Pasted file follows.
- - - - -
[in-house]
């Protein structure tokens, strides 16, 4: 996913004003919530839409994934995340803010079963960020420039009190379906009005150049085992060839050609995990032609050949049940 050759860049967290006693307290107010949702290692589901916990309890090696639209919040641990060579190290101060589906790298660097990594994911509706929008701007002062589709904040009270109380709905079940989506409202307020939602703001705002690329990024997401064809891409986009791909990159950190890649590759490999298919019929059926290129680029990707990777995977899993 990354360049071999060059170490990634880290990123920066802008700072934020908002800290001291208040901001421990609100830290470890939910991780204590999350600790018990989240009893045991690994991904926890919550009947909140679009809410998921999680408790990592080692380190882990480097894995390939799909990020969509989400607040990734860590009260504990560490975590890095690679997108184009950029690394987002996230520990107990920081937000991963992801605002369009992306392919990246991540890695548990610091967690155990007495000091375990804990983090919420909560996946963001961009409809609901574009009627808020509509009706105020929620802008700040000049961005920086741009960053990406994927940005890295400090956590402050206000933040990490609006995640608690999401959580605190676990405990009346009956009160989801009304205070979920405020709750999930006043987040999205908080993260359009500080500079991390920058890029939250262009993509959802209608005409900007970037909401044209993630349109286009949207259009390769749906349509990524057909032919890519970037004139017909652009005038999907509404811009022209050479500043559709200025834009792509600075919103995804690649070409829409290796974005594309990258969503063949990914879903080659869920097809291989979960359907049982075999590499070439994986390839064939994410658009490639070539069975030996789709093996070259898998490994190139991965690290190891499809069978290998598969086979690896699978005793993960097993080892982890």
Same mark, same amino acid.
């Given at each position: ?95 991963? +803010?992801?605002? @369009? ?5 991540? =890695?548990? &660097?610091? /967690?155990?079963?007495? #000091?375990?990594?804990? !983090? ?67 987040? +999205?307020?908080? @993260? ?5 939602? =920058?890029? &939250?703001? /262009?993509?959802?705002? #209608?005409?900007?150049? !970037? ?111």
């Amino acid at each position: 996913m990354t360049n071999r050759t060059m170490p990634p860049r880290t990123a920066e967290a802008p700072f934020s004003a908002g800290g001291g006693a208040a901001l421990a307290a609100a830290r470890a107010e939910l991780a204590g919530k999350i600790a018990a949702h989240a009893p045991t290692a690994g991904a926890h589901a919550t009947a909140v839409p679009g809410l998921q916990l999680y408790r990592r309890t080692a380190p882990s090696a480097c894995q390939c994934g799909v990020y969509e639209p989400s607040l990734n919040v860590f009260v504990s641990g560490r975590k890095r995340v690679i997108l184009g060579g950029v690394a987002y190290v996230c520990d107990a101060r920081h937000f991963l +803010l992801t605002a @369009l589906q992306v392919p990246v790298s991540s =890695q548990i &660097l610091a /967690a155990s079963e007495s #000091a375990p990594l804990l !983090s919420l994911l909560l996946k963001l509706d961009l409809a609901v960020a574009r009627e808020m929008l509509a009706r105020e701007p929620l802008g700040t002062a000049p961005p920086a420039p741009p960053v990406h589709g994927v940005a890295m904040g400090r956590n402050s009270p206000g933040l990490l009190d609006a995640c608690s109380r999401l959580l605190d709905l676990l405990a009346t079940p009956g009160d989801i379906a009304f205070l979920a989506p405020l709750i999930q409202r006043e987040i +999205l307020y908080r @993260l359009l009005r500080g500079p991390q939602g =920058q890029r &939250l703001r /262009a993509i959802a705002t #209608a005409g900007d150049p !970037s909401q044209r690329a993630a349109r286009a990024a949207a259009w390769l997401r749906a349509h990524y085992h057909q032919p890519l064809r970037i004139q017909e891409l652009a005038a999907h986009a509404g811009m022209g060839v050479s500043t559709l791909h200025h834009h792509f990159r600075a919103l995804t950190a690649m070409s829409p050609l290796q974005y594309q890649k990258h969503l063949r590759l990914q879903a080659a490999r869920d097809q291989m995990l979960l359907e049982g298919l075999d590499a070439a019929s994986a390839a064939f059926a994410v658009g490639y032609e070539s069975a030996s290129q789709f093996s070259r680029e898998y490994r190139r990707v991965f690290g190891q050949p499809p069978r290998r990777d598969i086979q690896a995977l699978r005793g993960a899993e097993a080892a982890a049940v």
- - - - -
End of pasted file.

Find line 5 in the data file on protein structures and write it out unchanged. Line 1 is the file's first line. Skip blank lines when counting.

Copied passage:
């Amino acid at each position: 996913m990354t360049n071999r050759t060059m170490p990634p860049r880290t990123a920066e967290a802008p700072f934020s004003a908002g800290g001291g006693a208040a901001l421990a307290a609100a830290r470890a107010e939910l991780a204590g919530k999350i600790a018990a949702h989240a009893p045991t290692a690994g991904a926890h589901a919550t009947a909140v839409p679009g809410l998921q916990l999680y408790r990592r309890t080692a380190p882990s090696a480097c894995q390939c994934g799909v990020y969509e639209p989400s607040l990734n919040v860590f009260v504990s641990g560490r975590k890095r995340v690679i997108l184009g060579g950029v690394a987002y190290v996230c520990d107990a101060r920081h937000f991963l +803010l992801t605002a @369009l589906q992306v392919p990246v790298s991540s =890695q548990i &660097l610091a /967690a155990s079963e007495s #000091a375990p990594l804990l !983090s919420l994911l909560l996946k963001l509706d961009l409809a609901v960020a574009r009627e808020m929008l509509a009706r105020e701007p929620l802008g700040t002062a000049p961005p920086a420039p741009p960053v990406h589709g994927v940005a890295m904040g400090r956590n402050s009270p206000g933040l990490l009190d609006a995640c608690s109380r999401l959580l605190d709905l676990l405990a009346t079940p009956g009160d989801i379906a009304f205070l979920a989506p405020l709750i999930q409202r006043e987040i +999205l307020y908080r @993260l359009l009005r500080g500079p991390q939602g =920058q890029r &939250l703001r /262009a993509i959802a705002t #209608a005409g900007d150049p !970037s909401q044209r690329a993630a349109r286009a990024a949207a259009w390769l997401r749906a349509h990524y085992h057909q032919p890519l064809r970037i004139q017909e891409l652009a005038a999907h986009a509404g811009m022209g060839v050479s500043t559709l791909h200025h834009h792509f990159r600075a919103l995804t950190a690649m070409s829409p050609l290796q974005y594309q890649k990258h969503l063949r590759l990914q879903a080659a490999r869920d097809q291989m995990l979960l359907e049982g298919l075999d590499a070439a019929s994986a390839a064939f059926a994410v658009g490639y032609e070539s069975a030996s290129q789709f093996s070259r680029e898998y490994r190139r990707v991965f690290g190891q050949p499809p069978r290998r990777d598969i086979q690896a995977l699978r005793g993960a899993e097993a080892a982890a049940v």